Different users have different needs, and the features of your computer (like screen and hard drive size) will depend on what you want and how you work. In our experience, memory (RAM) is more important than processor speed (CPU), but processor speed is more important that storage space (GB). These days, even slower processors are more than fast enough for most purposes, and all students have access to online storage via their AFS account and other supported services. If you are buying a laptop, you may want to consider an external monitor and/or keyboard.
If you are using Windows 8 or 10, you may want to consider the Home Premium or higher (not Home Basic) as these versions are upgradable if you choose to down the road. As for software, basic applications for Macs and PCs (anti-virus, anti-spyware, online storage, etc.) are freely available to the campus community.
What is the policy on game-consoles, streaming devices, etc. on the network?
Our policy regarding devices on the network does not differentiate between device type or typical use cases. As long as does not disrupt or impact other residents' experience, go for it! We'll definitely put forth a good effort to help you get it connected, but we cannot assure a successful experience for every device brought onto campus.
What should I NOT bring?
We have a constantly updated list of device we know do not currently perform as expected on the Stanford network as well as "rogue devices" known to cause issues with the Stanford networks. Please review the list of Unsupported Devices.
Will there be someone to help me set up my computer once I get to campus?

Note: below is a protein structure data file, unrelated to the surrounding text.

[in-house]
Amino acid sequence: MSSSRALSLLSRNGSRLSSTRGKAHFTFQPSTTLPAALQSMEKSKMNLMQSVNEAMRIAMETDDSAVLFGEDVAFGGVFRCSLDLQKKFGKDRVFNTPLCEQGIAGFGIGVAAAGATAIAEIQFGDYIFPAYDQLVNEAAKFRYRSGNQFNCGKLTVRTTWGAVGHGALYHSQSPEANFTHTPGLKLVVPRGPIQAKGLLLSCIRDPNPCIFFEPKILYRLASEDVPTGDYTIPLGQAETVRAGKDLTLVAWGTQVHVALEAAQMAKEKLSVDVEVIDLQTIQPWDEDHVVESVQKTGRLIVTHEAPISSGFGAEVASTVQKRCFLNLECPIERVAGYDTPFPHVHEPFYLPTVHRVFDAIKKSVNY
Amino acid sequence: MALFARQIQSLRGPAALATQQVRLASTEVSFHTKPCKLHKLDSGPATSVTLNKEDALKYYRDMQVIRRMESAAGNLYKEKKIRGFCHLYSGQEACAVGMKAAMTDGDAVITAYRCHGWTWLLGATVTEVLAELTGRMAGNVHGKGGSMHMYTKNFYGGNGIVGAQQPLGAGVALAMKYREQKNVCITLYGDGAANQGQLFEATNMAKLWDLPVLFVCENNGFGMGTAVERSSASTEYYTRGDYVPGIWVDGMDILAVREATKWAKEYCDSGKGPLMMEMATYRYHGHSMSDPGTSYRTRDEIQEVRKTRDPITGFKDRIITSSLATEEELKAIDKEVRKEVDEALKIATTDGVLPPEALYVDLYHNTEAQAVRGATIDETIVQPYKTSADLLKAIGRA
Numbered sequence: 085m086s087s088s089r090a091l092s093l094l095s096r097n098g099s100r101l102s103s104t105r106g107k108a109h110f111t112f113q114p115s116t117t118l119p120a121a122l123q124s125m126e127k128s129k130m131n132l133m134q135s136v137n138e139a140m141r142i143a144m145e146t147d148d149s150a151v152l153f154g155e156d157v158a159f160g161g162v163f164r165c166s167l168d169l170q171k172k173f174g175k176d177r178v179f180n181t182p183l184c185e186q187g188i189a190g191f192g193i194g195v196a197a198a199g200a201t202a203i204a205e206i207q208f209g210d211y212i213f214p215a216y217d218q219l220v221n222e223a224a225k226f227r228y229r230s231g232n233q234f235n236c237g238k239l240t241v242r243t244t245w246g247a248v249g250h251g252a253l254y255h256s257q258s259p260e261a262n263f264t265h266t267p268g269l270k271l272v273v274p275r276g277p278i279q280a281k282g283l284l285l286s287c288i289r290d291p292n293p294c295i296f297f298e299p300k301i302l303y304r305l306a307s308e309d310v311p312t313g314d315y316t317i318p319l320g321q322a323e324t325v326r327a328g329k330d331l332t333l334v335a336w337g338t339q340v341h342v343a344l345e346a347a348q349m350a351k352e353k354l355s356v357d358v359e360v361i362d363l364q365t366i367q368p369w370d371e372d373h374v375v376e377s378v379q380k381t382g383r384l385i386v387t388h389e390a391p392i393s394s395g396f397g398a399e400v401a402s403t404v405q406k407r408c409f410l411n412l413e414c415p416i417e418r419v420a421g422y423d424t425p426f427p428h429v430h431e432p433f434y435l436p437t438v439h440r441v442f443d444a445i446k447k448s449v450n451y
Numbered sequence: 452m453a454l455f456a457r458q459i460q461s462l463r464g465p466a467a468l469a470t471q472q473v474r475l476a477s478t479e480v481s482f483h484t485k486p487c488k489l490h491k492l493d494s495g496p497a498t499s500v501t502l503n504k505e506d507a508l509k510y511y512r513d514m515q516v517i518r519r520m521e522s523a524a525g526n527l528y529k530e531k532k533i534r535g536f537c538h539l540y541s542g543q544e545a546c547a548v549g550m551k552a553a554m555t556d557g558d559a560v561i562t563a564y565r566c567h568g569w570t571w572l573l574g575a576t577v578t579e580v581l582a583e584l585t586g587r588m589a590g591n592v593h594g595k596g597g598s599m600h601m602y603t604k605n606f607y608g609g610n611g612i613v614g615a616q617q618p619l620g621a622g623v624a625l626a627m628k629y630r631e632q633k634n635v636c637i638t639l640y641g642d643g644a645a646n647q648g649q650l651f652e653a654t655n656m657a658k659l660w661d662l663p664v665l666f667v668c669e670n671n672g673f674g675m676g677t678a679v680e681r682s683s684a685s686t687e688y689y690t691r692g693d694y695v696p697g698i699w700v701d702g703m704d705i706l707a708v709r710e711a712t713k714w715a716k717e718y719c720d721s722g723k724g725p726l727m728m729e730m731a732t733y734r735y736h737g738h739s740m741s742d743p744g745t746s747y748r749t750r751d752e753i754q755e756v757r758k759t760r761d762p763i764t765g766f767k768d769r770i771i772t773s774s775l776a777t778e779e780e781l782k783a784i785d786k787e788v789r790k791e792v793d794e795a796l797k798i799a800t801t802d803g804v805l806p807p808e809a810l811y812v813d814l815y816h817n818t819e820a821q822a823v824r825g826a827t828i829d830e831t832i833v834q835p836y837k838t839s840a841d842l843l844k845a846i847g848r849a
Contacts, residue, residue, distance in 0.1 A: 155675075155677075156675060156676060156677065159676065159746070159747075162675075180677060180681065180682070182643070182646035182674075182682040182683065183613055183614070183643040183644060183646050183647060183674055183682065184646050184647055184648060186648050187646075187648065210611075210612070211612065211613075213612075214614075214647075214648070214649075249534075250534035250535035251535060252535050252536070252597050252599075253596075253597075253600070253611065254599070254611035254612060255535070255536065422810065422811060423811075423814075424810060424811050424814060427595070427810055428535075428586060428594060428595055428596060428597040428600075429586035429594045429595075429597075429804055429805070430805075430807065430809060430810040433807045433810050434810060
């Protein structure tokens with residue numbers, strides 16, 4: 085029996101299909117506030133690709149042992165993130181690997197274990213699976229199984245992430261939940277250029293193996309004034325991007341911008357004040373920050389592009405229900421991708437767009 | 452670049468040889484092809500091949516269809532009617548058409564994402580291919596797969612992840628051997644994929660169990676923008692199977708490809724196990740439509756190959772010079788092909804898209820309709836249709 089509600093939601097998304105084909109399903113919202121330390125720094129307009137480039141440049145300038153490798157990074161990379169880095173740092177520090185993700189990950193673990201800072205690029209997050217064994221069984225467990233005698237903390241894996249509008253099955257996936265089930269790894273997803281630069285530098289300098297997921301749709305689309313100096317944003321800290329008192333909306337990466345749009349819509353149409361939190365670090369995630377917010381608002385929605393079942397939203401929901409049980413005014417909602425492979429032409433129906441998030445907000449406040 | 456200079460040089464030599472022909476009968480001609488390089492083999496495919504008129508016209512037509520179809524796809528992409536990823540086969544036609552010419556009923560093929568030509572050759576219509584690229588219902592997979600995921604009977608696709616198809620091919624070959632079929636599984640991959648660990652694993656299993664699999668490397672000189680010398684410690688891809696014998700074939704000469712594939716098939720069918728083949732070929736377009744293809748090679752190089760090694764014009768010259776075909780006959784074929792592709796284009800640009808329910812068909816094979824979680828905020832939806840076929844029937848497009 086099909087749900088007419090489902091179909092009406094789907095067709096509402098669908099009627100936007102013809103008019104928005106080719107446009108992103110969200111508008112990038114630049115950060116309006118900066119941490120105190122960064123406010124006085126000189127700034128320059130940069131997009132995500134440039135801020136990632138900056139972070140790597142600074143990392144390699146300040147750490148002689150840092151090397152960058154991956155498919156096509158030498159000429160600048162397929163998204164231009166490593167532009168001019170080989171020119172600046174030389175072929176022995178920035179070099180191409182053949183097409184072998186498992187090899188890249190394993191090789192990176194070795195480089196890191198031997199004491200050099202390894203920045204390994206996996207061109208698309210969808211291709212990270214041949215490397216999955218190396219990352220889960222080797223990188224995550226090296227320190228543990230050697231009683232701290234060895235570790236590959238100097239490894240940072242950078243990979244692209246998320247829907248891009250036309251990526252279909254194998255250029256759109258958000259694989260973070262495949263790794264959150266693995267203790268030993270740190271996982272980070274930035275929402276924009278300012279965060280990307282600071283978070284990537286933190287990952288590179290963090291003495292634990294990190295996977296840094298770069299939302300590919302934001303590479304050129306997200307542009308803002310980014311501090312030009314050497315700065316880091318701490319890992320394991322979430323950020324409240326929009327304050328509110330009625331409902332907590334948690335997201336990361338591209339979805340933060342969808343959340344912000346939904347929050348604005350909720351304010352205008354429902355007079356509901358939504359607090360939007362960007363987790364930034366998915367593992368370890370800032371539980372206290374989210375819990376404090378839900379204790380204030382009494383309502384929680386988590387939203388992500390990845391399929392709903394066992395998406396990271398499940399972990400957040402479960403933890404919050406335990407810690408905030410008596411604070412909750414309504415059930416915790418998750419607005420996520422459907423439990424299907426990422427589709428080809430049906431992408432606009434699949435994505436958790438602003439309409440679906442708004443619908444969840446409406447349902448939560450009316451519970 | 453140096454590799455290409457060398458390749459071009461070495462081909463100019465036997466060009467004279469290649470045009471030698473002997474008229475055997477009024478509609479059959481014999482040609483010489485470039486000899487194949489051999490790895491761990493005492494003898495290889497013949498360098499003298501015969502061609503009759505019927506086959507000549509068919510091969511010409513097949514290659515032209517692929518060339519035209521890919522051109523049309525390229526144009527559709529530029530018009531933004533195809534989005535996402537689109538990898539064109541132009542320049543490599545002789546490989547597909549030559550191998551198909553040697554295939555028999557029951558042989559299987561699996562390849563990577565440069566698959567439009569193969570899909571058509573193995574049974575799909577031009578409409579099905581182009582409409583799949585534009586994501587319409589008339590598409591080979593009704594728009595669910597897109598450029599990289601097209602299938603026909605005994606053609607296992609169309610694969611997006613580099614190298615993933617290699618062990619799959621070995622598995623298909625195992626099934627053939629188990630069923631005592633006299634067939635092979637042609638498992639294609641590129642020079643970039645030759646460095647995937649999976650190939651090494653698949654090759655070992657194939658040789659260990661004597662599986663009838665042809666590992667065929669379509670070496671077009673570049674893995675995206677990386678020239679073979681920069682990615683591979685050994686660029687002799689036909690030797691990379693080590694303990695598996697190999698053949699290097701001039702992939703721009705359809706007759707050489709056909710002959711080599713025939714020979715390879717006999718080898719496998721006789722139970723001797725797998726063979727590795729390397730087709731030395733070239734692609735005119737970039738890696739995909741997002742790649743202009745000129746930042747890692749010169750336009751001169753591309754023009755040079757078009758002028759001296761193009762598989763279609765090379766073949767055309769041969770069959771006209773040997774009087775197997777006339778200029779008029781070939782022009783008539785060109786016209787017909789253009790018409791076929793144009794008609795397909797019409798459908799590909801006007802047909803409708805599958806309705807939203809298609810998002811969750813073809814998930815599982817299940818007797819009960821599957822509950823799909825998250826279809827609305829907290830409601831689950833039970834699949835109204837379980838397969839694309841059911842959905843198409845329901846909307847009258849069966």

Once you move onto campus, getting your computer connected to the network should be quick and painless. You should be able to get yourself up and running by following the instructions for getting connected to the Stanford network. On move-in day all Resident Computer Consultant (RCCs) are on-duty to assist you and afterword, your house's RCC is available if you experience any issues. Your RCC will be available for consulting and to help get you oriented to the Stanford computing environment throughout the year.
If I have a disability, who can help me with my adaptive technology needs?
If you own or require adaptive computing equipment, contact the Office of Accessible Education. The staff there will advise you on system configurations that work best in Stanford’s environment and describe the computing resources available to students with disabilities. The contact information for this office is:
Office of Accessible Education Website
650 - 723 - 1066
Where can I turn if I still have questions?
Please feel free to search our full Help Center for any questions not answered here. While you will have better context and understanding after you arrive on campus, you can send in your questions to us at any time leading up to your arrival. Once on campus, your RCC is best suited to answer your questions and help you assess your computing needs. If they do not know the answer, they will find out! Keep in mind the best way to understand the computing environment at Stanford is to experience it firsthand!
Is there a better discount if I buy on campus?
The Cardinal Tech Center in the Stanford Bookstore (which aside from the name, is free-standing, independent establishment from the University) negotiates special pricing on both desktop and laptop computers for Stanford students. If you're looking to pick up a pre-configured laptop at a low price and not spend time on customization, you may want to consider looking at the packages offered.
The Stanford Bookstore sometimes run promotions with deeper discounts, especially from Admit Weekend through New Student Orientation. Regardless, you can purchase from the Bookstore in person and get instant gratification, have them send it to you before you come to campus, or have it waiting for you upon arrival! You can see what offerings the Stanford Bookstore has available at the Cardinal Tech Center.